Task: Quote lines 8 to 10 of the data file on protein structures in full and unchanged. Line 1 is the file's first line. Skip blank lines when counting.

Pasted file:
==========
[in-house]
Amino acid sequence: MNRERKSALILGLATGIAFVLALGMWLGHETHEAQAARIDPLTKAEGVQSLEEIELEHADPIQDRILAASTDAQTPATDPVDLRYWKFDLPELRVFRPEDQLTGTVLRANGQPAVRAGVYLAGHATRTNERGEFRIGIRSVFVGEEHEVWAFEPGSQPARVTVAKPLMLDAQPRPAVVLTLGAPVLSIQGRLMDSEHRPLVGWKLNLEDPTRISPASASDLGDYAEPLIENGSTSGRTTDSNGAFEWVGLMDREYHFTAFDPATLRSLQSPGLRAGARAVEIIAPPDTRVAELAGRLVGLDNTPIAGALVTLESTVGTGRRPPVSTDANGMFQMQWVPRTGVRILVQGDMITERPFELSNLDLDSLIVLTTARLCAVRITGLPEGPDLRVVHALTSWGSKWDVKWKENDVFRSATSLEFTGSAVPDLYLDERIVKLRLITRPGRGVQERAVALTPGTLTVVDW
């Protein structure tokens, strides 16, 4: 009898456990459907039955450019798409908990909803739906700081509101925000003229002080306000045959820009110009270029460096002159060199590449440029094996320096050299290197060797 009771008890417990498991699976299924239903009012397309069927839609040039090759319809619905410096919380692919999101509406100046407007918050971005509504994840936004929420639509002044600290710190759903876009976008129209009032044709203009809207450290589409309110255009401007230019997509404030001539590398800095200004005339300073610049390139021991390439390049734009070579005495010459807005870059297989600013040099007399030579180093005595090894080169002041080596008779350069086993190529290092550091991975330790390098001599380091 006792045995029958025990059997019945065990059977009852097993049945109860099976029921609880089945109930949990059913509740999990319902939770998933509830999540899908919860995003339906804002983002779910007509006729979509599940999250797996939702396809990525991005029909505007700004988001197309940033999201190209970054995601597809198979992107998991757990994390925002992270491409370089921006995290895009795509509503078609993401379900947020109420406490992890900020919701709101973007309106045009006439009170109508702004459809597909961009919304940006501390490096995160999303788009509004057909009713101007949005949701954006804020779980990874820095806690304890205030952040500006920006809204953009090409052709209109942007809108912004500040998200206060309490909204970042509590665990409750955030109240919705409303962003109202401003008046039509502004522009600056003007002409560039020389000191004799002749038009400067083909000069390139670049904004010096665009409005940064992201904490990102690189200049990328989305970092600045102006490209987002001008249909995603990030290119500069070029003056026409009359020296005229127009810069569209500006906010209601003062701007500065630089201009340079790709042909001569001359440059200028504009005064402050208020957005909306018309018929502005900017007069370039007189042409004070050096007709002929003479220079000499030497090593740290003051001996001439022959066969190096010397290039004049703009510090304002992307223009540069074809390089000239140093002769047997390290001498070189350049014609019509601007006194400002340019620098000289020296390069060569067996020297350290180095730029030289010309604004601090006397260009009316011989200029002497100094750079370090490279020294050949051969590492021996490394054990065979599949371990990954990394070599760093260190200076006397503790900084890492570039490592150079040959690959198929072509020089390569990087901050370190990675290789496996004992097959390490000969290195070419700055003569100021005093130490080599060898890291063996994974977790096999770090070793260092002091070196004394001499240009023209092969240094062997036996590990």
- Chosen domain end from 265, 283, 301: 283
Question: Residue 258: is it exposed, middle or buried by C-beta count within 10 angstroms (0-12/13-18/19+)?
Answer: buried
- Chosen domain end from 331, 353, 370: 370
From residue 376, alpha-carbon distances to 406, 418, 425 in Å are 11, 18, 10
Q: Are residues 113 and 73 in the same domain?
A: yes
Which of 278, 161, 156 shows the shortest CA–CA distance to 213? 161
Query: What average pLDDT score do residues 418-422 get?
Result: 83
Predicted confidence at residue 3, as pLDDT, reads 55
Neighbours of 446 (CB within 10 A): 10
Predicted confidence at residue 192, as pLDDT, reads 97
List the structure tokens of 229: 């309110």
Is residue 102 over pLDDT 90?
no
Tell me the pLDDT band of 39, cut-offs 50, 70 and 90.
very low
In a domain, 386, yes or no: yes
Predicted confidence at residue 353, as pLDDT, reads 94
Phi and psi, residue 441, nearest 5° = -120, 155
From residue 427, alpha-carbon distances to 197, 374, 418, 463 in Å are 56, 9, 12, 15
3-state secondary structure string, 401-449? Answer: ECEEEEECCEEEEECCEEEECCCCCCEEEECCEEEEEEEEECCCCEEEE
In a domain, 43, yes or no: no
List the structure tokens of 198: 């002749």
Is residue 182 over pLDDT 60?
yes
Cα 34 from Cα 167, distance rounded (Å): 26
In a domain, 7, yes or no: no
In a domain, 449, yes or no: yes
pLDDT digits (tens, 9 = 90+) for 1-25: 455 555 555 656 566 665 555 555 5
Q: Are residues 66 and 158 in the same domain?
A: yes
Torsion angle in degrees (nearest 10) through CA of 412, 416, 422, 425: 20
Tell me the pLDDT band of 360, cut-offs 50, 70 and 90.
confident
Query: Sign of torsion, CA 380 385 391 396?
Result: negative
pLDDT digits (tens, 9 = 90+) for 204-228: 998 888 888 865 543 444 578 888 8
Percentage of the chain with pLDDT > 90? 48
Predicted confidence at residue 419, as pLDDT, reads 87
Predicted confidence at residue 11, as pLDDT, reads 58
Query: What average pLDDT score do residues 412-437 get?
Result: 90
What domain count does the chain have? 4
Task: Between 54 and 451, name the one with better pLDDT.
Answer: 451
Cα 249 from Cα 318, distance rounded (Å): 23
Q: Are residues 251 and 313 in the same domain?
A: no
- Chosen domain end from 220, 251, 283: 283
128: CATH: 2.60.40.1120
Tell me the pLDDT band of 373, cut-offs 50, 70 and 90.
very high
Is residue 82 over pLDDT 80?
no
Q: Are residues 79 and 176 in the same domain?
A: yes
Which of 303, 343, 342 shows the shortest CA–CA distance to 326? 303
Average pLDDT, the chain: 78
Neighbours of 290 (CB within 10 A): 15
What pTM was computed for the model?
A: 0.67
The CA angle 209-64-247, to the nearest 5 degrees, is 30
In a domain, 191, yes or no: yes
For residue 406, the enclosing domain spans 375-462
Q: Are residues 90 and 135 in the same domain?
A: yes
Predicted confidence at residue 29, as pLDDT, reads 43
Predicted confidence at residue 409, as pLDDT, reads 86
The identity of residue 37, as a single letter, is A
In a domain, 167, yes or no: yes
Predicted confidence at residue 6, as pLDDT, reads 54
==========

From residue 376, alpha-carbon distances to 406, 418, 425 in Å are 11, 18, 10
Q: Are residues 113 and 73 in the same domain?
A: yes